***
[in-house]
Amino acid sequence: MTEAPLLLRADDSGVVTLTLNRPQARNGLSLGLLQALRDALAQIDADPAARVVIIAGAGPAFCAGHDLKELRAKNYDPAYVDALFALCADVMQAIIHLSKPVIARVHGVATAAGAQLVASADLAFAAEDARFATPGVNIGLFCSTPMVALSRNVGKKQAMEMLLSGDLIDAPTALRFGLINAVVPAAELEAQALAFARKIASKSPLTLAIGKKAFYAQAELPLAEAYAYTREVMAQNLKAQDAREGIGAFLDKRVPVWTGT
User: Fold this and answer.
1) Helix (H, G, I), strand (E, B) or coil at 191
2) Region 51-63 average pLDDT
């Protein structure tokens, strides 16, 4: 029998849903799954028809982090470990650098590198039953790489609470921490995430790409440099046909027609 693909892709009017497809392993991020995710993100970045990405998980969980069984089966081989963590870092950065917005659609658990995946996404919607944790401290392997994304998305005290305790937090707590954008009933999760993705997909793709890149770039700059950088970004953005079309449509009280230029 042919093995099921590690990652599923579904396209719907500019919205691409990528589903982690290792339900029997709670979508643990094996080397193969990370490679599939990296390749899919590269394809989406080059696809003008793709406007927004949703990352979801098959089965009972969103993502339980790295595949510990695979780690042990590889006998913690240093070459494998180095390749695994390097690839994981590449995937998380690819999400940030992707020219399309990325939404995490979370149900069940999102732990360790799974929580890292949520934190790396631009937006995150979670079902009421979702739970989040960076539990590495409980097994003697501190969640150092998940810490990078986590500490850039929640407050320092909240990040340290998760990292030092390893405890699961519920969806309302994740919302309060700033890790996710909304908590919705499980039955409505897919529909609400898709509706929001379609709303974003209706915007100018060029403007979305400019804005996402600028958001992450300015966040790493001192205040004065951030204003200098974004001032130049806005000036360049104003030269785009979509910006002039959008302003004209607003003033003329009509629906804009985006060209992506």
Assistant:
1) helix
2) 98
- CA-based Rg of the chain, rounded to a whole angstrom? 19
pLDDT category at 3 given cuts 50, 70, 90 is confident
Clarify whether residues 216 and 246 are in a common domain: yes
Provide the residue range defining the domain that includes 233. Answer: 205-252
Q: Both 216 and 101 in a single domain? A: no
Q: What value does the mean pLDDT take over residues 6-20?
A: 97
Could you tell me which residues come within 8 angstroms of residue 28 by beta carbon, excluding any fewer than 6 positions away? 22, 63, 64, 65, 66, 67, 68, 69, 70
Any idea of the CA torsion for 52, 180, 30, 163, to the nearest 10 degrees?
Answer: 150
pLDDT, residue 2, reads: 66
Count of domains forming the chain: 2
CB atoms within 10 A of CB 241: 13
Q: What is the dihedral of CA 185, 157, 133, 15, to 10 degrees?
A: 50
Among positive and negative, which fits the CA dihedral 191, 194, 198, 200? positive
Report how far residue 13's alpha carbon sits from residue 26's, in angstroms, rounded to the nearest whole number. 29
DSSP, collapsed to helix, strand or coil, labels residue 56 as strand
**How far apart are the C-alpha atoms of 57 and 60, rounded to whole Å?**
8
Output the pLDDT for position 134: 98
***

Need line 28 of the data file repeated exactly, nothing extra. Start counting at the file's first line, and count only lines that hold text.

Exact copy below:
**How far apart are the C-alpha atoms of 57 and 60, rounded to whole Å?**